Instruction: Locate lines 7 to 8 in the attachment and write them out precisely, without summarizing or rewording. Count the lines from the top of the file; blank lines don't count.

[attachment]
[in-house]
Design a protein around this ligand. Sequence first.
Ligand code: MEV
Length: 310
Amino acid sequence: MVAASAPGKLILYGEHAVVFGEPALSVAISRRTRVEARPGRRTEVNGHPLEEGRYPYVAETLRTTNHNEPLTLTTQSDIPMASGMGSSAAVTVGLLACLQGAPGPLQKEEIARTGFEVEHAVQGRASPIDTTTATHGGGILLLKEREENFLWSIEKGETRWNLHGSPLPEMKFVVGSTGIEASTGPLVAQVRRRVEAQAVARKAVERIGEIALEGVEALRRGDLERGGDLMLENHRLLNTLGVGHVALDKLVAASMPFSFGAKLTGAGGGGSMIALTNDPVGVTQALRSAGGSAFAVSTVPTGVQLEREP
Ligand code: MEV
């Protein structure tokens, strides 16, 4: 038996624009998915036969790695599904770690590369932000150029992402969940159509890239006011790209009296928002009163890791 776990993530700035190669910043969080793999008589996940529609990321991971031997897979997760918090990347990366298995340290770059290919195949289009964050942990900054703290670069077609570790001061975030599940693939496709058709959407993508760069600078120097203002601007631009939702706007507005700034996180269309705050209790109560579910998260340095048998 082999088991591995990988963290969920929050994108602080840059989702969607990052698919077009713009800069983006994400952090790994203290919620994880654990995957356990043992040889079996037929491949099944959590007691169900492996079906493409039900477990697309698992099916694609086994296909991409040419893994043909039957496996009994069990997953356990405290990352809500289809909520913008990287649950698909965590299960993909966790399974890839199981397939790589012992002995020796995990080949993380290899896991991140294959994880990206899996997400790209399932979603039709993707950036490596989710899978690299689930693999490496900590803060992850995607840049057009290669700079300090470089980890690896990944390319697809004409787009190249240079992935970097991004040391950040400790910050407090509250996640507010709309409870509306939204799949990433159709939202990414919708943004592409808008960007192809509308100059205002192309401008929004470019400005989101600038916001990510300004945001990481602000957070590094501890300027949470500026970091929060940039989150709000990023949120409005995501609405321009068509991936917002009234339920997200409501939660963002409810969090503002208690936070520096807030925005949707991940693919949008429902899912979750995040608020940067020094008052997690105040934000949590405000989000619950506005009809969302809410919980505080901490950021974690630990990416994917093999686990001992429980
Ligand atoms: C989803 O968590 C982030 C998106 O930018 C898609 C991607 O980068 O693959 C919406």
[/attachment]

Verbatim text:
């Protein structure tokens, strides 16, 4: 038996624009998915036969790695599904770690590369932000150029992402969940159509890239006011790209009296928002009163890791 776990993530700035190669910043969080793999008589996940529609990321991971031997897979997760918090990347990366298995340290770059290919195949289009964050942990900054703290670069077609570790001061975030599940693939496709058709959407993508760069600078120097203002601007631009939702706007507005700034996180269309705050209790109560579910998260340095048998 082999088991591995990988963290969920929050994108602080840059989702969607990052698919077009713009800069983006994400952090790994203290919620994880654990995957356990043992040889079996037929491949099944959590007691169900492996079906493409039900477990697309698992099916694609086994296909991409040419893994043909039957496996009994069990997953356990405290990352809500289809909520913008990287649950698909965590299960993909966790399974890839199981397939790589012992002995020796995990080949993380290899896991991140294959994880990206899996997400790209399932979603039709993707950036490596989710899978690299689930693999490496900590803060992850995607840049057009290669700079300090470089980890690896990944390319697809004409787009190249240079992935970097991004040391950040400790910050407090509250996640507010709309409870509306939204799949990433159709939202990414919708943004592409808008960007192809509308100059205002192309401008929004470019400005989101600038916001990510300004945001990481602000957070590094501890300027949470500026970091929060940039989150709000990023949120409005995501609405321009068509991936917002009234339920997200409501939660963002409810969090503002208690936070520096807030925005949707991940693919949008429902899912979750995040608020940067020094008052997690105040934000949590405000989000619950506005009809969302809410919980505080901490950021974690630990990416994917093999686990001992429980
Ligand atoms: C989803 O968590 C982030 C998106 O930018 C898609 C991607 O980068 O693959 C919406």